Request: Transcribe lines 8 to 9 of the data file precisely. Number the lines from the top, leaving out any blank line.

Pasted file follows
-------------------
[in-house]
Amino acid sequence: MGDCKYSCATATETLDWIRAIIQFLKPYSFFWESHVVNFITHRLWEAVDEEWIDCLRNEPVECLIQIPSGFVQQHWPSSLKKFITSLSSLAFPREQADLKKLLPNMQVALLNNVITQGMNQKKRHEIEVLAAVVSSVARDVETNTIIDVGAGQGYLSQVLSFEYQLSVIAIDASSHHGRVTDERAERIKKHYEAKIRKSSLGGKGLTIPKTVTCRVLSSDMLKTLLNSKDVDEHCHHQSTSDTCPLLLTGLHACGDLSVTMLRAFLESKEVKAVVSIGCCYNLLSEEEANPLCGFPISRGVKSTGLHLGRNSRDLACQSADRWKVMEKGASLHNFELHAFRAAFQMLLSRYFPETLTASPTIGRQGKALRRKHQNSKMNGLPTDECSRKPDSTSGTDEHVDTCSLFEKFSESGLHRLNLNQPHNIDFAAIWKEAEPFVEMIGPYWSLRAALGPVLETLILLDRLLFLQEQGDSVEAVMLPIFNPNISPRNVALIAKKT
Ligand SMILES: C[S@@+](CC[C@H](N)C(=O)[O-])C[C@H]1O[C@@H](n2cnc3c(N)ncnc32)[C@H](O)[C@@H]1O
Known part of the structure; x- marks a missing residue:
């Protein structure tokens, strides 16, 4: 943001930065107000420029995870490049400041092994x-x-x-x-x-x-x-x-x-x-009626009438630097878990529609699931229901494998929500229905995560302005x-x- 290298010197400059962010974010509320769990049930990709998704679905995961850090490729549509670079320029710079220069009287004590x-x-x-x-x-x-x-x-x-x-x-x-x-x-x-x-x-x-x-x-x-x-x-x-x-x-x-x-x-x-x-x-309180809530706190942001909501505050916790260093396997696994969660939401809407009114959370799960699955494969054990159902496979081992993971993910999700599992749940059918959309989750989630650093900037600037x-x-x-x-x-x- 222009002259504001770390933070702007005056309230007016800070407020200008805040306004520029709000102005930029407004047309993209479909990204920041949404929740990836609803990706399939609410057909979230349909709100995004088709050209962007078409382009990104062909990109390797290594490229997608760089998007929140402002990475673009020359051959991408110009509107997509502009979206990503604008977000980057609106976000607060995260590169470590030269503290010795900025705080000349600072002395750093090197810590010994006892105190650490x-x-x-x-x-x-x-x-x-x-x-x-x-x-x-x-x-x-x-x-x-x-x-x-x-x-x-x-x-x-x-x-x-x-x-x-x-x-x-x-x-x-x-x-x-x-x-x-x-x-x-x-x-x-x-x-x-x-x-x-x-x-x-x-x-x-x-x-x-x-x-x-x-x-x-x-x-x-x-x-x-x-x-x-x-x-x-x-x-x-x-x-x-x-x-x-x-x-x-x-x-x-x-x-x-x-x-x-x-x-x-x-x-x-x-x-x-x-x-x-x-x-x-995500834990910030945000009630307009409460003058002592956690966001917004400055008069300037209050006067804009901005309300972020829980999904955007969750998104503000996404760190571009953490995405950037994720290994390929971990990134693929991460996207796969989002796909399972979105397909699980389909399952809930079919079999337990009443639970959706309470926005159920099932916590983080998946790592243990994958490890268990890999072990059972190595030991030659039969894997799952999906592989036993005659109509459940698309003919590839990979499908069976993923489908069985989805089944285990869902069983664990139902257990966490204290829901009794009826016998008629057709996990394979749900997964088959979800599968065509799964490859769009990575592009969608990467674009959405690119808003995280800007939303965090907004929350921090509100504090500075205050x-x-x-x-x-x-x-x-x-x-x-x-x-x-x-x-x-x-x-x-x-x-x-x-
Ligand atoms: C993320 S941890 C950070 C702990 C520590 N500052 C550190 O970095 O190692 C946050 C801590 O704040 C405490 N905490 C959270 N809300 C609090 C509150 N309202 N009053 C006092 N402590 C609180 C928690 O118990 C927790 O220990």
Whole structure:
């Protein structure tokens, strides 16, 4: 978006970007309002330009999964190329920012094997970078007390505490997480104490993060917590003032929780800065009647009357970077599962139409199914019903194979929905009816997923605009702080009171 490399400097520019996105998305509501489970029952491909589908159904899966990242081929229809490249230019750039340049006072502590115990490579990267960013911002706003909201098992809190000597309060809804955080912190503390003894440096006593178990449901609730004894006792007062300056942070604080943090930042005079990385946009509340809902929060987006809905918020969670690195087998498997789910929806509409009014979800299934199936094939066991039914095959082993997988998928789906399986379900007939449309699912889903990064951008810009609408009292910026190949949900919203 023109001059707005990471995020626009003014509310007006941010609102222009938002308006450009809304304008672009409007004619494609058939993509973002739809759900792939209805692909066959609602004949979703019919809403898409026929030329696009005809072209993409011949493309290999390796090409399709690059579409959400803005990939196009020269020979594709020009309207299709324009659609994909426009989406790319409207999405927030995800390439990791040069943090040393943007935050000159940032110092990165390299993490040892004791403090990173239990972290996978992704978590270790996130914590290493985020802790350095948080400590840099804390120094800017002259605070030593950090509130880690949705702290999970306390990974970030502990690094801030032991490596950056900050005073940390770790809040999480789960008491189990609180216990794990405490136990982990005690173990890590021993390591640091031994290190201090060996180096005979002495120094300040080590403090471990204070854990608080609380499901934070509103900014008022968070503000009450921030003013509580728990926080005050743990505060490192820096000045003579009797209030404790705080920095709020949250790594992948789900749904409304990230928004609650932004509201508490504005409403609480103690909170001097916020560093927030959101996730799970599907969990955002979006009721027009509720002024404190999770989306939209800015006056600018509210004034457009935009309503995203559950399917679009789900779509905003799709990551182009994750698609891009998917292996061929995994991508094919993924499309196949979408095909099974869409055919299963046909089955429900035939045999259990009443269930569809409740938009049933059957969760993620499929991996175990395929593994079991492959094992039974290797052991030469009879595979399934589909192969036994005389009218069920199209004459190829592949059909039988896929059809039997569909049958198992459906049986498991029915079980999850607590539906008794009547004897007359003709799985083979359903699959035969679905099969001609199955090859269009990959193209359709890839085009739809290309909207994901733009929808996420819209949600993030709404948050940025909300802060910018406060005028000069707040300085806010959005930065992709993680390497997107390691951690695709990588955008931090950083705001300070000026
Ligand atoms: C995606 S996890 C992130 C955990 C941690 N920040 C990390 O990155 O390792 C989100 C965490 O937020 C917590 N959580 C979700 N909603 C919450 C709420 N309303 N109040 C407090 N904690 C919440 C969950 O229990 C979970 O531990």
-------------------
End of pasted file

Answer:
């Protein structure tokens, strides 16, 4: 978006970007309002330009999964190329920012094997970078007390505490997480104490993060917590003032929780800065009647009357970077599962139409199914019903194979929905009816997923605009702080009171 490399400097520019996105998305509501489970029952491909589908159904899966990242081929229809490249230019750039340049006072502590115990490579990267960013911002706003909201098992809190000597309060809804955080912190503390003894440096006593178990449901609730004894006792007062300056942070604080943090930042005079990385946009509340809902929060987006809905918020969670690195087998498997789910929806509409009014979800299934199936094939066991039914095959082993997988998928789906399986379900007939449309699912889903990064951008810009609408009292910026190949949900919203 023109001059707005990471995020626009003014509310007006941010609102222009938002308006450009809304304008672009409007004619494609058939993509973002739809759900792939209805692909066959609602004949979703019919809403898409026929030329696009005809072209993409011949493309290999390796090409399709690059579409959400803005990939196009020269020979594709020009309207299709324009659609994909426009989406790319409207999405927030995800390439990791040069943090040393943007935050000159940032110092990165390299993490040892004791403090990173239990972290996978992704978590270790996130914590290493985020802790350095948080400590840099804390120094800017002259605070030593950090509130880690949705702290999970306390990974970030502990690094801030032991490596950056900050005073940390770790809040999480789960008491189990609180216990794990405490136990982990005690173990890590021993390591640091031994290190201090060996180096005979002495120094300040080590403090471990204070854990608080609380499901934070509103900014008022968070503000009450921030003013509580728990926080005050743990505060490192820096000045003579009797209030404790705080920095709020949250790594992948789900749904409304990230928004609650932004509201508490504005409403609480103690909170001097916020560093927030959101996730799970599907969990955002979006009721027009509720002024404190999770989306939209800015006056600018509210004034457009935009309503995203559950399917679009789900779509905003799709990551182009994750698609891009998917292996061929995994991508094919993924499309196949979408095909099974869409055919299963046909089955429900035939045999259990009443269930569809409740938009049933059957969760993620499929991996175990395929593994079991492959094992039974290797052991030469009879595979399934589909192969036994005389009218069920199209004459190829592949059909039988896929059809039997569909049958198992459906049986498991029915079980999850607590539906008794009547004897007359003709799985083979359903699959035969679905099969001609199955090859269009990959193209359709890839085009739809290309909207994901733009929808996420819209949600993030709404948050940025909300802060910018406060005028000069707040300085806010959005930065992709993680390497997107390691951690695709990588955008931090950083705001300070000026
Ligand atoms: C995606 S996890 C992130 C955990 C941690 N920040 C990390 O990155 O390792 C989100 C965490 O937020 C917590 N959580 C979700 N909603 C919450 C709420 N309303 N109040 C407090 N904690 C919440 C969950 O229990 C979970 O531990």